DAVID GREENE, HOST:
Thirty-four-year-old rock climber Emily Harrington has made history on Yosemite's El Capitan.
EMILY HARRINGTON: It is a 3,200-foot-tall granite cliff. It is one of the most iconic and historic and difficult rock climbing venues in the world.
GREENE: That's Harrington describing the peak. She became the first woman to free-climb one particular path up it in less than one day.
NOEL KING, HOST:
Free-climbing means that she used ropes in case she fell but not to help her in getting up the mountain. It took her 21 hours and 13 minutes. This was her fourth try. And she says, this time, everything just kind of came together.
HARRINGTON: I had a mantra the day I was climbing. That mantra was slow is smooth, smooth is fast.
GREENE: Now, this climb was not without its rough patches.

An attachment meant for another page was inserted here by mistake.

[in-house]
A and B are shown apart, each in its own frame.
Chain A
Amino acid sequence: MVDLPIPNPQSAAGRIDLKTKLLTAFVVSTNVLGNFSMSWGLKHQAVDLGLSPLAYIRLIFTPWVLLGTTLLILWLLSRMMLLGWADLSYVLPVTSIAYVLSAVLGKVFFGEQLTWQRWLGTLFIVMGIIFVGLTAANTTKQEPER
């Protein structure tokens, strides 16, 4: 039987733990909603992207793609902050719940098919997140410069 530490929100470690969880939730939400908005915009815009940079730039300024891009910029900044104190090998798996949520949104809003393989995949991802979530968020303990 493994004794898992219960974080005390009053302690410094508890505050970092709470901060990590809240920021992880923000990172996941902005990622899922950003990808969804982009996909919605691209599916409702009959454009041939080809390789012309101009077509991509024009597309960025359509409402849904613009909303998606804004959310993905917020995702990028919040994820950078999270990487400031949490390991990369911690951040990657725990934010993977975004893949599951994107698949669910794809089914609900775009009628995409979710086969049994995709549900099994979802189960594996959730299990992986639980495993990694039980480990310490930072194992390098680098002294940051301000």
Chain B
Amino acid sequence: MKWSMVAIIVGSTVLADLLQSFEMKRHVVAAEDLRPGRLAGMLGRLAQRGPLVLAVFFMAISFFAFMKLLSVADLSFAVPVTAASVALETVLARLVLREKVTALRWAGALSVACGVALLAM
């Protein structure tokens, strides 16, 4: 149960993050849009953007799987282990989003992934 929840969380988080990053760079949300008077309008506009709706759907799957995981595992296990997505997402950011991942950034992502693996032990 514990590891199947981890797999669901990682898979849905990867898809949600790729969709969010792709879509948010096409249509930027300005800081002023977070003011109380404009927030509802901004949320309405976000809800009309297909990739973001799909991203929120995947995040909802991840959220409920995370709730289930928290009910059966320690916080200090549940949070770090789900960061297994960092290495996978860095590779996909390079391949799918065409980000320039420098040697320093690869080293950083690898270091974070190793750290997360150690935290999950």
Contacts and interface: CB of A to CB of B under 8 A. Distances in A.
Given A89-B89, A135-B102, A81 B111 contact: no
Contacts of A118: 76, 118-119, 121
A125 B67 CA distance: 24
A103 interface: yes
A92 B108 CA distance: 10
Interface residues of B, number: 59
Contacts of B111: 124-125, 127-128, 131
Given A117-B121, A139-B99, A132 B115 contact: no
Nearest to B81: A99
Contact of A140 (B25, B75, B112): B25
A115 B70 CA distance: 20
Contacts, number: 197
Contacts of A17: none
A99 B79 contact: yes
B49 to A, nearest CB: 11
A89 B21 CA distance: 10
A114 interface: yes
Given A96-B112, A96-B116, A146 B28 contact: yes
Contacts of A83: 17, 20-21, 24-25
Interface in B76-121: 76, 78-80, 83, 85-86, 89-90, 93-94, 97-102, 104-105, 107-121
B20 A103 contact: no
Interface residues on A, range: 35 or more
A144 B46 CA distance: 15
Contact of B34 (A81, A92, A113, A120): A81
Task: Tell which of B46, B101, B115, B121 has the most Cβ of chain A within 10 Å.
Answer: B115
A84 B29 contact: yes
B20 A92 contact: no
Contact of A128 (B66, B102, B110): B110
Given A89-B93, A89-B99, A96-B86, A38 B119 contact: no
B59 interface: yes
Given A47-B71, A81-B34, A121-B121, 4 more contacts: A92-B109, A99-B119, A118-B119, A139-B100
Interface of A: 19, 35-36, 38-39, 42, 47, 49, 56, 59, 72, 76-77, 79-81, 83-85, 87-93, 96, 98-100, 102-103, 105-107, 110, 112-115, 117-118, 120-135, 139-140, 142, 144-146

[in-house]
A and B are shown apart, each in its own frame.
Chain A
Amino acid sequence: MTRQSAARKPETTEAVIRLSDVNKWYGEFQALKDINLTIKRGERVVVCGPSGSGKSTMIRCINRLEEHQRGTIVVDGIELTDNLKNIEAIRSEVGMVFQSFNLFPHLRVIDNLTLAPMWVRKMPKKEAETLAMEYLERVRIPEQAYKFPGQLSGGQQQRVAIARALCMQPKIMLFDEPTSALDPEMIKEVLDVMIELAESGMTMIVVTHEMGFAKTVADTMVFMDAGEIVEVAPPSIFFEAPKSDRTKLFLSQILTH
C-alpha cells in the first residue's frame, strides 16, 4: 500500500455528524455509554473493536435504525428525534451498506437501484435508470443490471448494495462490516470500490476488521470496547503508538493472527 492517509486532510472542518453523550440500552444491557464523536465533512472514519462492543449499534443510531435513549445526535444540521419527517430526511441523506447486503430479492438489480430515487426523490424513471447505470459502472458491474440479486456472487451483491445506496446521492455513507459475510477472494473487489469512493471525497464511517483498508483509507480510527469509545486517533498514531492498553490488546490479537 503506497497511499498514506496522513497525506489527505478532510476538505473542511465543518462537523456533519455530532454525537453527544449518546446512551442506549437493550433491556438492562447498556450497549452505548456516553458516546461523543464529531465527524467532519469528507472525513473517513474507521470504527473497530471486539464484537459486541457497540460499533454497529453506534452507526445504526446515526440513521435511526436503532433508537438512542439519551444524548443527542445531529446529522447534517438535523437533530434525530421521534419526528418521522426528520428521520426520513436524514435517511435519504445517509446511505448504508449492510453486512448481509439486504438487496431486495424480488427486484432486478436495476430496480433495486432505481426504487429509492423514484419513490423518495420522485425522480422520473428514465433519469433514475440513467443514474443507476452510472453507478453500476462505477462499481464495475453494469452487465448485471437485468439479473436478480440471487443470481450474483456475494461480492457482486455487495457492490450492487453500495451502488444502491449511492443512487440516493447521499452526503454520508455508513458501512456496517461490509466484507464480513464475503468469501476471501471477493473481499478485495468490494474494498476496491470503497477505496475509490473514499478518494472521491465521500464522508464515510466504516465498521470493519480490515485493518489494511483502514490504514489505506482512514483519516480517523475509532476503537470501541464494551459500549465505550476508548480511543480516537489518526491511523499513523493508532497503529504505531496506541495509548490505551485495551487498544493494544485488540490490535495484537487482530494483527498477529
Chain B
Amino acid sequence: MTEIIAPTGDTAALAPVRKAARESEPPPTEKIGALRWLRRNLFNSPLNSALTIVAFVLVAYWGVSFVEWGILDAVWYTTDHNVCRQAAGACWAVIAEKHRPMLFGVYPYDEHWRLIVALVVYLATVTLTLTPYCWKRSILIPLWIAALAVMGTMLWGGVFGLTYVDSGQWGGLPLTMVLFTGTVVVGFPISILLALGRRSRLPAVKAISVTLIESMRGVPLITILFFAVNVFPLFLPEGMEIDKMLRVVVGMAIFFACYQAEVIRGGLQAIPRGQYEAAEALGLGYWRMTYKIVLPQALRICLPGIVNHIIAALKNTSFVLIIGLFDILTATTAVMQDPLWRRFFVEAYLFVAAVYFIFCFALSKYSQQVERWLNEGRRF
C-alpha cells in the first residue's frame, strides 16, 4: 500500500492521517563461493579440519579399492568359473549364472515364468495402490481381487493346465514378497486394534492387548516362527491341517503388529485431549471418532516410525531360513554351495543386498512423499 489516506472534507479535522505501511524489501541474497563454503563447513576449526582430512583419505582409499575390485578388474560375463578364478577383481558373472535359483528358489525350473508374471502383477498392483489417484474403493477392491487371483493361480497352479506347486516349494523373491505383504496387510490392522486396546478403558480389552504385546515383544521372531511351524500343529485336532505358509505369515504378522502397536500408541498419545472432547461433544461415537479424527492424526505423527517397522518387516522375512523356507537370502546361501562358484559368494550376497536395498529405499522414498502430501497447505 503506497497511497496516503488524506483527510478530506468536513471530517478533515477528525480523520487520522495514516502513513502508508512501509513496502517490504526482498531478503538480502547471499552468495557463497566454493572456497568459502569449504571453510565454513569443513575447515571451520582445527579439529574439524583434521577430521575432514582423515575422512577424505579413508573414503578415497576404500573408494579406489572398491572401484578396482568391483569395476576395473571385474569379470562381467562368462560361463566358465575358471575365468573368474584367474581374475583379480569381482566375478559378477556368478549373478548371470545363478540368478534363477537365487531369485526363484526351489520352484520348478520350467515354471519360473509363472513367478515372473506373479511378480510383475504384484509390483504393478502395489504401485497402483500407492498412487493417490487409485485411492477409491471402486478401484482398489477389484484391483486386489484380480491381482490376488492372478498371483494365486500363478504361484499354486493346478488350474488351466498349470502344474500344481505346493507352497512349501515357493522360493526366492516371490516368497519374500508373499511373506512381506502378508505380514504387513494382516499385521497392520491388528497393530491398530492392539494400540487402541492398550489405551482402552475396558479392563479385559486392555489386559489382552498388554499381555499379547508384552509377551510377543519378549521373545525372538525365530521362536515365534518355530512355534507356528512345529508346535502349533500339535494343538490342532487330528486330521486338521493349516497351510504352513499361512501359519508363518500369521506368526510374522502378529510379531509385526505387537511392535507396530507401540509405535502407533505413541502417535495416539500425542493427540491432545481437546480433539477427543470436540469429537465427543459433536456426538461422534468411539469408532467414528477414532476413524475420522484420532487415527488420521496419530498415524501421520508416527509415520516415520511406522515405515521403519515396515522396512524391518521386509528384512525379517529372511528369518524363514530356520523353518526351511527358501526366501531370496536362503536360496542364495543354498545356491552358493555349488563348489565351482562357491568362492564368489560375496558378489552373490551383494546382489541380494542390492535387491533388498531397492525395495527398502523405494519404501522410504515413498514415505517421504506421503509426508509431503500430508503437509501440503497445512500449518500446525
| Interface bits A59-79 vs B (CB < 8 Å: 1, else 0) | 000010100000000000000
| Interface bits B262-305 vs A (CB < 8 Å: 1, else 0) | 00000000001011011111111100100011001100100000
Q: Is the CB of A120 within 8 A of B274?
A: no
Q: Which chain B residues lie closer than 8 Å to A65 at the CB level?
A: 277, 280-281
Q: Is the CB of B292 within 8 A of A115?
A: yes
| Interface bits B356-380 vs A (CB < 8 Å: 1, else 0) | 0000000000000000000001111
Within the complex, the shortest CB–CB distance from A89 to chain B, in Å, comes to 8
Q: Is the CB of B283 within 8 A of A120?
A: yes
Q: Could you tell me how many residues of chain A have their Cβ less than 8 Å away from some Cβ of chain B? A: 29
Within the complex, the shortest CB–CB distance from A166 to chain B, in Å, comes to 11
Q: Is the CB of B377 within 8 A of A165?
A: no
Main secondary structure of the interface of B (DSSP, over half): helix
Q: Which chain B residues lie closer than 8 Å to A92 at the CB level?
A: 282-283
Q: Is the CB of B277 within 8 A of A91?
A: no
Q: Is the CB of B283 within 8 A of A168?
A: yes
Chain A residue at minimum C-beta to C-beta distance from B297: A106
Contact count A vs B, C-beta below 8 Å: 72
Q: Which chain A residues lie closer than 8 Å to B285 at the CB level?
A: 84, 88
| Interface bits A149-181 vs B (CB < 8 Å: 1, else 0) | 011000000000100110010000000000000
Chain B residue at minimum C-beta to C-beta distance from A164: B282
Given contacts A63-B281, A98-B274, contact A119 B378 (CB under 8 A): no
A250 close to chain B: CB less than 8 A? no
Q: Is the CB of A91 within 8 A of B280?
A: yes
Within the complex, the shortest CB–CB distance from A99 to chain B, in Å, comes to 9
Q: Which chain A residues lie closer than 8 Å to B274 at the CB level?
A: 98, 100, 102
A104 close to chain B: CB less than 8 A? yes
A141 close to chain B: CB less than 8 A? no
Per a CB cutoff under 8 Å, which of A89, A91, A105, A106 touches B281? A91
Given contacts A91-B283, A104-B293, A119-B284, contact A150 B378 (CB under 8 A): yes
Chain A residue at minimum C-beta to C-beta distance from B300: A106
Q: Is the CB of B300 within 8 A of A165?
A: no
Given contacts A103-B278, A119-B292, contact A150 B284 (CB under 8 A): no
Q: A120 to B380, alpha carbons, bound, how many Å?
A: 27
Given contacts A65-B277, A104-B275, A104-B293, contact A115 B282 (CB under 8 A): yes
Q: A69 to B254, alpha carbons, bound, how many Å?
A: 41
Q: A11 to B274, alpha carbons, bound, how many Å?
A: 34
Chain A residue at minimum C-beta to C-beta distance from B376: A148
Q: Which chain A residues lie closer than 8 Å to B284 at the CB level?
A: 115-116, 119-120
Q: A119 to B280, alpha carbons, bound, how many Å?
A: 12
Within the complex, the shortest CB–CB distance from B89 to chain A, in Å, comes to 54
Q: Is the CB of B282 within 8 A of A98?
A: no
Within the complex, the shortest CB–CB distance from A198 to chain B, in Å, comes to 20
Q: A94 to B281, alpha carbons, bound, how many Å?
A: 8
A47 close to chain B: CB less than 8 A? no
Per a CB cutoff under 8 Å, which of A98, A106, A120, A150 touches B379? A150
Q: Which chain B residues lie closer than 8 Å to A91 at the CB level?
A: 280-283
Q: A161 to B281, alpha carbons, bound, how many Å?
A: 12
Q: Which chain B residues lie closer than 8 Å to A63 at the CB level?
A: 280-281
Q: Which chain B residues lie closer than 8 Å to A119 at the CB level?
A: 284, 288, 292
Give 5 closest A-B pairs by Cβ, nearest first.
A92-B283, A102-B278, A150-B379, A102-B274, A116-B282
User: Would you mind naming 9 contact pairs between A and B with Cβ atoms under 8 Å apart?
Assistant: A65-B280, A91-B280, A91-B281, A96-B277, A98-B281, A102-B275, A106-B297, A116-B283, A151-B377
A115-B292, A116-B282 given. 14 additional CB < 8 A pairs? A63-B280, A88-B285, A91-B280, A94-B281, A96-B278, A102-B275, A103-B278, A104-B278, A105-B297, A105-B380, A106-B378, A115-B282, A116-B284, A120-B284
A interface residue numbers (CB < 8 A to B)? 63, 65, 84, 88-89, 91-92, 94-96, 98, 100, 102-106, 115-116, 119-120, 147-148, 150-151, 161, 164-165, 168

HARRINGTON: I was really high up on the wall. And I was climbing it in the sun, which climbing in the sun is pretty hard. The sun heats up the rock. It heats up your skin. It makes you sweaty. It takes away a lot of the friction. And I slipped at one point and I took kind of a bad fall.
GREENE: Harrington's safety rope did catch her, though, but she slammed her forehead into the rock. Blood started trickling down her face. But after a first aid check, she climbed on.
KING: Climbed on right to the top where her friends and fiance were waiting.
HARRINGTON: I drank a little bit of champagne at the top. I called my parents. We walked back down, ate an ice cream sandwich for dinner, and then I went to bed (laughter).
KING: Champagne, ice cream and sleep - Emily, dudette (ph), you deserve it.
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